Explanation of Mental Processes

It is now well-documented that learning is a result of numerous environmental, behavioral, and physiological influences (Garger, 1990). However, neurophysiologists believe that learning ultimately boils down to the physics and chemistry within the brain and spinal cord based on real-life experience with particular stimuli. For example, in Pavlov’s classic experiment, dogs “learned” to salivate at the sound of a bell or the scent of food due to increased dopamine levels in their brains following enjoyable eating experiences. Neurophysiologists also now understand the role of motivation with respect to learning, as well as the valence of the reward, the expected value, the magnitude, and how each of these factors heightens learning.

How People Learn

People learn very similarly to the dogs in Pavlov’s experiment (Thompson, Patterson, & Teyler, 1972). Prior positive experiences result in chemical and physical changes in the brain that increase the likelihood of the person wanting to obtain a particular reward. Experience enables the brain to make more neuronal associations, decreased stimulus-response times, and a more clear stimulus-reward connection.

Application

Interestingly, neurophysiologists emphasize that learning is not permanent (Schultz, 2006; Thompson, Patterson, & Teyler, 1972). It is relatively permanent. Learning is essentially a product of activity, and anything can be both learned or unlearned over time. The more you perform an action, the more you learn about it, according to neurophysiologists. Memory is a quality that is primarily related to the hippocampus, while the learning of the activity is controlled by the parietal lobe. These areas have a great capacity for learning, and the motivation driving the brain that performs the function can increase arousal, which is crucial to effective learning. However, the idea of forgetting can occur just as easily. Forgetting occurs due to inactivity, due to stimulus interference, or as a process of repression.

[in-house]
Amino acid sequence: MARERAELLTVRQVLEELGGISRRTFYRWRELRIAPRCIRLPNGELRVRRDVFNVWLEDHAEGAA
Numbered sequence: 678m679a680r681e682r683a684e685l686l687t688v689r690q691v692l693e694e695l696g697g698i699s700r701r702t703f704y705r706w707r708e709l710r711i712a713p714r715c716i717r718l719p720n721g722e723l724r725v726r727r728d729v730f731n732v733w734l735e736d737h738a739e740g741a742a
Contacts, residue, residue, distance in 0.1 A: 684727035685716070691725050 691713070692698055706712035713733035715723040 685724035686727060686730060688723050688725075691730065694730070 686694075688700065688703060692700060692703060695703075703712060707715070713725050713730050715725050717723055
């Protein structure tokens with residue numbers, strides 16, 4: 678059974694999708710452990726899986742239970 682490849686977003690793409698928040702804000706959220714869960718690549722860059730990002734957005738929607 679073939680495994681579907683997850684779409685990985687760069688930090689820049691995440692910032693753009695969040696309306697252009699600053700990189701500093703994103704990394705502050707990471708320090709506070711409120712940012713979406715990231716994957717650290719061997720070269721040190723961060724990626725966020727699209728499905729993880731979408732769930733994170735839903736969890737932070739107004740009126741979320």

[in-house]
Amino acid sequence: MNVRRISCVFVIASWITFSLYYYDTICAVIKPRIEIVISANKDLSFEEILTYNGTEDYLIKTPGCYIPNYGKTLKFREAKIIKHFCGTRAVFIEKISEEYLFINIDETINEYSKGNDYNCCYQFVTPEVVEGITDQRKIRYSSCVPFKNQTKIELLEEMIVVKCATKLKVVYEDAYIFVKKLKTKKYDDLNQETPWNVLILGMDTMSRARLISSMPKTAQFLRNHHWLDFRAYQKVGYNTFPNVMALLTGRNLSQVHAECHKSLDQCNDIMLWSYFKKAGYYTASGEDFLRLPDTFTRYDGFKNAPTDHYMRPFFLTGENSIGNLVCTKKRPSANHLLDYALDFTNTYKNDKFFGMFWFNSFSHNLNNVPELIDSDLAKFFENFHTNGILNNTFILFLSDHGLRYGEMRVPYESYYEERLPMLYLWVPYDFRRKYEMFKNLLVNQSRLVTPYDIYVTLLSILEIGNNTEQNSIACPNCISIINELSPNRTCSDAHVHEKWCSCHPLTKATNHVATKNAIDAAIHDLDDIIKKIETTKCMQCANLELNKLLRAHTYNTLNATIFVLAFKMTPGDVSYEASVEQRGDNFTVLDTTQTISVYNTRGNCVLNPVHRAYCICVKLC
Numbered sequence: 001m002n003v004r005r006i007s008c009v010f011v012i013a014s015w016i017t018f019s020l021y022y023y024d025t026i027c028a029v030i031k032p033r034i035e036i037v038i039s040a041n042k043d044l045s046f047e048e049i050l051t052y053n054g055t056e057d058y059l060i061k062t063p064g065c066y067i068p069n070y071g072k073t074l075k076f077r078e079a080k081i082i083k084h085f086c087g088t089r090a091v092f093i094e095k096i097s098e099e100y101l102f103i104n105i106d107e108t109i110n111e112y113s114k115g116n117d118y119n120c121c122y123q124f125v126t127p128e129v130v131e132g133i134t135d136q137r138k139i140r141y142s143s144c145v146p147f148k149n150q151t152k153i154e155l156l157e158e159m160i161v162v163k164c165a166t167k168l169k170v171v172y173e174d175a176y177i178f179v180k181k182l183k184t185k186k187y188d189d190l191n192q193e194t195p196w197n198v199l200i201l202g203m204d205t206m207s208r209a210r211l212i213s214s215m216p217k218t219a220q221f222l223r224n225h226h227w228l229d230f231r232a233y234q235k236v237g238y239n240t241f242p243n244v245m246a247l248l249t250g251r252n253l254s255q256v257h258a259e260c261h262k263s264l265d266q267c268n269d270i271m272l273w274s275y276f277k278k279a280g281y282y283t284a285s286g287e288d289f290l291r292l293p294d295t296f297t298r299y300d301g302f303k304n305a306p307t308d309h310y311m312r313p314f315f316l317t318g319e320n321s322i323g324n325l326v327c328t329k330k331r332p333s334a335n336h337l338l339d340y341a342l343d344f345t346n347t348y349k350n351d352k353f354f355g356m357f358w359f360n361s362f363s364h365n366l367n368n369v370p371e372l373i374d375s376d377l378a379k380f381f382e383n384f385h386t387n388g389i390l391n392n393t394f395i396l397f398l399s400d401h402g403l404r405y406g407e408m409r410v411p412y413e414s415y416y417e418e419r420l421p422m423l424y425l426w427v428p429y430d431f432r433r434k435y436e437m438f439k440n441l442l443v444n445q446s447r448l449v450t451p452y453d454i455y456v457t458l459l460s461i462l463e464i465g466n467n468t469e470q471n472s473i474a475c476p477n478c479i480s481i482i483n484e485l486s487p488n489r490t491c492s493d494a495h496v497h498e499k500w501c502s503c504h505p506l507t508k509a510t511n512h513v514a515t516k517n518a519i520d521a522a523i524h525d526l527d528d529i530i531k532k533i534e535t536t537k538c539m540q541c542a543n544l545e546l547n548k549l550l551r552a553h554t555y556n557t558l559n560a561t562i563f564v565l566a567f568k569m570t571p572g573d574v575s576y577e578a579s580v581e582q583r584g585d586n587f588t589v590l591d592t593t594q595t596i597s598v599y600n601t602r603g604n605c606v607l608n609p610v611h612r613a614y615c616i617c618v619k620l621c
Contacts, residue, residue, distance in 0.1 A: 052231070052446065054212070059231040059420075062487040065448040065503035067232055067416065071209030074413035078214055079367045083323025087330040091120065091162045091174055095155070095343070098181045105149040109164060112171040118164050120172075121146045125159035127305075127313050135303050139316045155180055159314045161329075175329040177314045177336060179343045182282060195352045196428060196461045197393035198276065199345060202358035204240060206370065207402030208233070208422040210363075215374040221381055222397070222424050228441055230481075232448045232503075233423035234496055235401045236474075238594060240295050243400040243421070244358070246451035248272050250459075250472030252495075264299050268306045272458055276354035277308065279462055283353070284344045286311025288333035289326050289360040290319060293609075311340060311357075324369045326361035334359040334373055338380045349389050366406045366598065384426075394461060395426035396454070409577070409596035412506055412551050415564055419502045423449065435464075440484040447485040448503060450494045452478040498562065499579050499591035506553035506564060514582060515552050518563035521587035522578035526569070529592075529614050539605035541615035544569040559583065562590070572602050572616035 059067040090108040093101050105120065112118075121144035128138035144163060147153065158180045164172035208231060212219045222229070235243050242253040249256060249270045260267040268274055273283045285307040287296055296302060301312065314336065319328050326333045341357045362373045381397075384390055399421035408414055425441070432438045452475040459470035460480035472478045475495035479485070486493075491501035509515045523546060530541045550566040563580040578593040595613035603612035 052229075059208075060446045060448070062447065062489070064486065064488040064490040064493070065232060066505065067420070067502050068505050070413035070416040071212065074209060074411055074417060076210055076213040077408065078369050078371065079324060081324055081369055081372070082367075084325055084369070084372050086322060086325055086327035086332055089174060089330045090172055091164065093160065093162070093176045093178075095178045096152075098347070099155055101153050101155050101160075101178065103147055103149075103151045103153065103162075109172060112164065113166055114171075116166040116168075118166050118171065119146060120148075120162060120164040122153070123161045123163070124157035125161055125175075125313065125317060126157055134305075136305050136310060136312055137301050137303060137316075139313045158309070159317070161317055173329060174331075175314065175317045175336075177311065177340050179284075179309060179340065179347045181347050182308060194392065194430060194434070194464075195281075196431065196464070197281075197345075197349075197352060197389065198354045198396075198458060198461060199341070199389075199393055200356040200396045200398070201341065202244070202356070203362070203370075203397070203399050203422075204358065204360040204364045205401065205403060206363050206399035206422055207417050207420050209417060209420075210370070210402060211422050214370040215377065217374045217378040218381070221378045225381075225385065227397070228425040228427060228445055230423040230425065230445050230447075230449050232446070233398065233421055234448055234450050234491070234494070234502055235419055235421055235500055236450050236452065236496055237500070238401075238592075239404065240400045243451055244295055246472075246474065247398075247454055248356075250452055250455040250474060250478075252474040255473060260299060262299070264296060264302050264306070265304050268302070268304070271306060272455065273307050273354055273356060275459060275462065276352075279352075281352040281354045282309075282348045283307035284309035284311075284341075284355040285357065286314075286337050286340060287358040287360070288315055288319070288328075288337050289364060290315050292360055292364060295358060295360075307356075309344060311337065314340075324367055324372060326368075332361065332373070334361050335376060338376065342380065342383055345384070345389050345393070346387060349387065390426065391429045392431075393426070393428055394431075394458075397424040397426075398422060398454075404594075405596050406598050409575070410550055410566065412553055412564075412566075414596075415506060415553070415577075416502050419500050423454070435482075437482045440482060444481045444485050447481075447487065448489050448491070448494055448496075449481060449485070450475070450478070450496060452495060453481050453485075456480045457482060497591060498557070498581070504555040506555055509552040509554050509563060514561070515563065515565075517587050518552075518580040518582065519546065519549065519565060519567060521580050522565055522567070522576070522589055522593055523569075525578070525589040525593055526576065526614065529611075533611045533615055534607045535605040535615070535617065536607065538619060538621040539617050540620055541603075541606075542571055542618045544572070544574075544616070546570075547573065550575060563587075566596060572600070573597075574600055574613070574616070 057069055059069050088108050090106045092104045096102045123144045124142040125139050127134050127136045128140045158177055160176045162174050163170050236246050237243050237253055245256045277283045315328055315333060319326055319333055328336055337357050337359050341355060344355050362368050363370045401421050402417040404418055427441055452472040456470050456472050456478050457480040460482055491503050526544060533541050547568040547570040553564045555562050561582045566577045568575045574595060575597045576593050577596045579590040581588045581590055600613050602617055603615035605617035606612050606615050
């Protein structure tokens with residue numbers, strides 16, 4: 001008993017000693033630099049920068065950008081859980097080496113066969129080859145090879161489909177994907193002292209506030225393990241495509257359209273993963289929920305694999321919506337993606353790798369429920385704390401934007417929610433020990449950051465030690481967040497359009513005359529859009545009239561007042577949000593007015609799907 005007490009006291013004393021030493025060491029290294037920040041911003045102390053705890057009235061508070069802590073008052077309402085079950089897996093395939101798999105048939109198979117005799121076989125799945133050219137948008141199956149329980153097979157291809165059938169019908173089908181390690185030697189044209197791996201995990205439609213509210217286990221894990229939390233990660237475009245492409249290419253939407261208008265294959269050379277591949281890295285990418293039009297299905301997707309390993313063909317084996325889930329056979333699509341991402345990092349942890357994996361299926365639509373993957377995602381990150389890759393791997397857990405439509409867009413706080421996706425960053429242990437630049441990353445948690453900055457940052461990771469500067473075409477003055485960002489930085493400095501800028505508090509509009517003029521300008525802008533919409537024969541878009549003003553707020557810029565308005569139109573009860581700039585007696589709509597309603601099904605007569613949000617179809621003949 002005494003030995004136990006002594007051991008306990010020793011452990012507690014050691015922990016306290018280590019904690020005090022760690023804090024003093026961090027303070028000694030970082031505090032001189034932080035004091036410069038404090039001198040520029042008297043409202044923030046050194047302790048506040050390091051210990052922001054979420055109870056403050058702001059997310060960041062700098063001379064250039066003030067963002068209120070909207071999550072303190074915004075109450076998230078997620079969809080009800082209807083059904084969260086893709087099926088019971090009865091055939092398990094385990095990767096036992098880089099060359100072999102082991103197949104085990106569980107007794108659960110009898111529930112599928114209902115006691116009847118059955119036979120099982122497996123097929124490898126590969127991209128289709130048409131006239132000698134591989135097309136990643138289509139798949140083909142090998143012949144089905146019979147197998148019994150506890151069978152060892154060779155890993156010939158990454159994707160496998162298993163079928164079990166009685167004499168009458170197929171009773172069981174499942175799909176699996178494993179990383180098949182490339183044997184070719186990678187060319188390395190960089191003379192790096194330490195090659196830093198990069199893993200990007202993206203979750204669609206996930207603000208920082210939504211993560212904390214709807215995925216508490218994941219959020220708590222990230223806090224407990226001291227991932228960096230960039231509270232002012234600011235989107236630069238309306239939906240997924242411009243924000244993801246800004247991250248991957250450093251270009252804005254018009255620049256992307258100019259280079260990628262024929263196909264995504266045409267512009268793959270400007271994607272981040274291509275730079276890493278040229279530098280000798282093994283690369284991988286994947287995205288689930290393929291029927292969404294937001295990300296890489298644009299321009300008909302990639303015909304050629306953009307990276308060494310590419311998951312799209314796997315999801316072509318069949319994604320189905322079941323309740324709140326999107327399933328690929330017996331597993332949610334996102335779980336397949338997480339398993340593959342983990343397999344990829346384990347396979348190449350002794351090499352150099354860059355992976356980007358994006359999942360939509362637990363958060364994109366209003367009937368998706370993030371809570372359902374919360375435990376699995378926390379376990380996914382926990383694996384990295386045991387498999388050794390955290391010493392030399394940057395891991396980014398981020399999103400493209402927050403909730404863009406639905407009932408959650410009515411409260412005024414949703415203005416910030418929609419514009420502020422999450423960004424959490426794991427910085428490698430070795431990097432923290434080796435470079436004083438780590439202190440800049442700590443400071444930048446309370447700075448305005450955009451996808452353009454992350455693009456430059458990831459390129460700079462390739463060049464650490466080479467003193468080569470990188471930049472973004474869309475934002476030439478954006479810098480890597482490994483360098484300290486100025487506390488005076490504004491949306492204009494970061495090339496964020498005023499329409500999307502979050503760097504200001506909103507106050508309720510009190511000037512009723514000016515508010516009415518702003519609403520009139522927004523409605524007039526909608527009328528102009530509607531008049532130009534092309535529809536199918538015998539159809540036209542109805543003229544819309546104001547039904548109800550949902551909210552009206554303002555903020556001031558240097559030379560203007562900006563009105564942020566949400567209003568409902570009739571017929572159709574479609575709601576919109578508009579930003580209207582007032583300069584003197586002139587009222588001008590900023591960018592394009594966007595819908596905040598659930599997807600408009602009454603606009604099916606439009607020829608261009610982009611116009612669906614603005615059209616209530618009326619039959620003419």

Settings

Within a school setting, teachers should understand that practice makes permanence. The more experience each student has with a new subject, the easier it will be for him or her to learn. Second, teachers should understand the role of arousal and motivation. When students enjoy a subject or perceive great rewards, they are likely to be more motivated and arousal levels will be higher, thereby increasing learning. Finally, teachers must understand the role of forgetting, and continue to challenge students on previously-learned stimuli. Business leaders can also apply these principles by increasing rewards associated with positive work performance, continual experience with more difficult work tasks, and continuing to place workers on challenging tasks that they have already mastered. Doctors can use these principles to teach disabled individuals to walk, perform fine motor tasks, or to keep taking medications.